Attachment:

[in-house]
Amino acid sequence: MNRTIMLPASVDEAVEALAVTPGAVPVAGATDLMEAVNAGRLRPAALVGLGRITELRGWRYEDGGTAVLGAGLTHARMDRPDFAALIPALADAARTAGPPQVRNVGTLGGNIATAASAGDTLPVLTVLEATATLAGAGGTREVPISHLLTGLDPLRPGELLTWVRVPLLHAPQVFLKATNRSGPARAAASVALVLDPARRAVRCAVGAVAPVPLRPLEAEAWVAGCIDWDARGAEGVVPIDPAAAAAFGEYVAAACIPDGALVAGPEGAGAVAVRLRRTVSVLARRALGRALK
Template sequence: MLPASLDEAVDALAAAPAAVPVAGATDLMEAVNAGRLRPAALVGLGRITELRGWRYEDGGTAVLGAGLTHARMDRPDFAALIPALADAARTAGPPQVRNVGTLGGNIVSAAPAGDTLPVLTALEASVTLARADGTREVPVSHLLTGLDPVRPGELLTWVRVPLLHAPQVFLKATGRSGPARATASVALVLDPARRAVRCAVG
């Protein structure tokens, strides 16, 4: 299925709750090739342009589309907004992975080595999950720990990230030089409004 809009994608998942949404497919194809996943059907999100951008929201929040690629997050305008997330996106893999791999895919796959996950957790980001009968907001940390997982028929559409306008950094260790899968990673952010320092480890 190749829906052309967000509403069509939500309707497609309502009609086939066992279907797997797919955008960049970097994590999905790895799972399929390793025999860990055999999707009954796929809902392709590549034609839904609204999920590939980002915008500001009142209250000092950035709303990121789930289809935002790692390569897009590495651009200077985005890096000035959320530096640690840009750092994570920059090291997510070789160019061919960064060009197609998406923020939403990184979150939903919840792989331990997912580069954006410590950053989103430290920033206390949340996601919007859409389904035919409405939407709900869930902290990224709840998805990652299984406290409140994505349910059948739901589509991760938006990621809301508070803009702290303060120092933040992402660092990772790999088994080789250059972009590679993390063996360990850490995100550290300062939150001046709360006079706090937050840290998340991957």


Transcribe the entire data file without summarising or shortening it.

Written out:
[in-house]
Amino acid sequence: MNRTIMLPASVDEAVEALAVTPGAVPVAGATDLMEAVNAGRLRPAALVGLGRITELRGWRYEDGGTAVLGAGLTHARMDRPDFAALIPALADAARTAGPPQVRNVGTLGGNIATAASAGDTLPVLTVLEATATLAGAGGTREVPISHLLTGLDPLRPGELLTWVRVPLLHAPQVFLKATNRSGPARAAASVALVLDPARRAVRCAVGAVAPVPLRPLEAEAWVAGCIDWDARGAEGVVPIDPAAAAAFGEYVAAACIPDGALVAGPEGAGAVAVRLRRTVSVLARRALGRALK
Template sequence: MLPASLDEAVDALAAAPAAVPVAGATDLMEAVNAGRLRPAALVGLGRITELRGWRYEDGGTAVLGAGLTHARMDRPDFAALIPALADAARTAGPPQVRNVGTLGGNIVSAAPAGDTLPVLTALEASVTLARADGTREVPVSHLLTGLDPVRPGELLTWVRVPLLHAPQVFLKATGRSGPARATASVALVLDPARRAVRCAVG
């Protein structure tokens, strides 16, 4: 299925709750090739342009589309907004992975080595999950720990990230030089409004 809009994608998942949404497919194809996943059907999100951008929201929040690629997050305008997330996106893999791999895919796959996950957790980001009968907001940390997982028929559409306008950094260790899968990673952010320092480890 190749829906052309967000509403069509939500309707497609309502009609086939066992279907797997797919955008960049970097994590999905790895799972399929390793025999860990055999999707009954796929809902392709590549034609839904609204999920590939980002915008500001009142209250000092950035709303990121789930289809935002790692390569897009590495651009200077985005890096000035959320530096640690840009750092994570920059090291997510070789160019061919960064060009197609998406923020939403990184979150939903919840792989331990997912580069954006410590950053989103430290920033206390949340996601919007859409389904035919409405939407709900869930902290990224709840998805990652299984406290409140994505349910059948739901589509991760938006990621809301508070803009702290303060120092933040992402660092990772790999088994080789250059972009590679993390063996360990850490995100550290300062939150001046709360006079706090937050840290998340991957």